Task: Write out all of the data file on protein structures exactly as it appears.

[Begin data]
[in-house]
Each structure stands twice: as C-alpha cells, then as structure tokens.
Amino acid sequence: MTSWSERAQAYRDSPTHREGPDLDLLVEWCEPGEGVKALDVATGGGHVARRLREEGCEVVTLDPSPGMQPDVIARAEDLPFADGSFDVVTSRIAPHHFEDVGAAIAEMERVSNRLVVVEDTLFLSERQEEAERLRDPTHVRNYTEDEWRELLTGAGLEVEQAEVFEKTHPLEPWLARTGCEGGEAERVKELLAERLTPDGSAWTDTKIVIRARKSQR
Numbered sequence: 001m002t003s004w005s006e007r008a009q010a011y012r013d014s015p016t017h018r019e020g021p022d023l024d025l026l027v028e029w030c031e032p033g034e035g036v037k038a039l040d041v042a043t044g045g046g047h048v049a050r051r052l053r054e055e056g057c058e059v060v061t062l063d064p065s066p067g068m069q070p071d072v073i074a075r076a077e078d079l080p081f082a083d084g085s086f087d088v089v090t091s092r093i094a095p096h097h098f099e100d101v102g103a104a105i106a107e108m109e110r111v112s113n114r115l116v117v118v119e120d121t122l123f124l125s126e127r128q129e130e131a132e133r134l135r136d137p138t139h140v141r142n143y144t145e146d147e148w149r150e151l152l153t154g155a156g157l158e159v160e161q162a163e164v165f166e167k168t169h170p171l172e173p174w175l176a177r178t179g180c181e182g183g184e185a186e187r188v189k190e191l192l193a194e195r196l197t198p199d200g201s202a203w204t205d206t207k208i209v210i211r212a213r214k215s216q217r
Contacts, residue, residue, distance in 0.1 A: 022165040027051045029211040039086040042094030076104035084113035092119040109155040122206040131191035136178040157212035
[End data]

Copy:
[in-house]
Each structure stands twice: as C-alpha cells, then as structure tokens.
Amino acid sequence: MTSWSERAQAYRDSPTHREGPDLDLLVEWCEPGEGVKALDVATGGGHVARRLREEGCEVVTLDPSPGMQPDVIARAEDLPFADGSFDVVTSRIAPHHFEDVGAAIAEMERVSNRLVVVEDTLFLSERQEEAERLRDPTHVRNYTEDEWRELLTGAGLEVEQAEVFEKTHPLEPWLARTGCEGGEAERVKELLAERLTPDGSAWTDTKIVIRARKSQR
Numbered sequence: 001m002t003s004w005s006e007r008a009q010a011y012r013d014s015p016t017h018r019e020g021p022d023l024d025l026l027v028e029w030c031e032p033g034e035g036v037k038a039l040d041v042a043t044g045g046g047h048v049a050r051r052l053r054e055e056g057c058e059v060v061t062l063d064p065s066p067g068m069q070p071d072v073i074a075r076a077e078d079l080p081f082a083d084g085s086f087d088v089v090t091s092r093i094a095p096h097h098f099e100d101v102g103a104a105i106a107e108m109e110r111v112s113n114r115l116v117v118v119e120d121t122l123f124l125s126e127r128q129e130e131a132e133r134l135r136d137p138t139h140v141r142n143y144t145e146d147e148w149r150e151l152l153t154g155a156g157l158e159v160e161q162a163e164v165f166e167k168t169h170p171l172e173p174w175l176a177r178t179g180c181e182g183g184e185a186e187r188v189k190e191l192l193a194e195r196l197t198p199d200g201s202a203w204t205d206t207k208i209v210i211r212a213r214k215s216q217r
Contacts, residue, residue, distance in 0.1 A: 022165040027051045029211040039086040042094030076104035084113035092119040109155040122206040131191035136178040157212035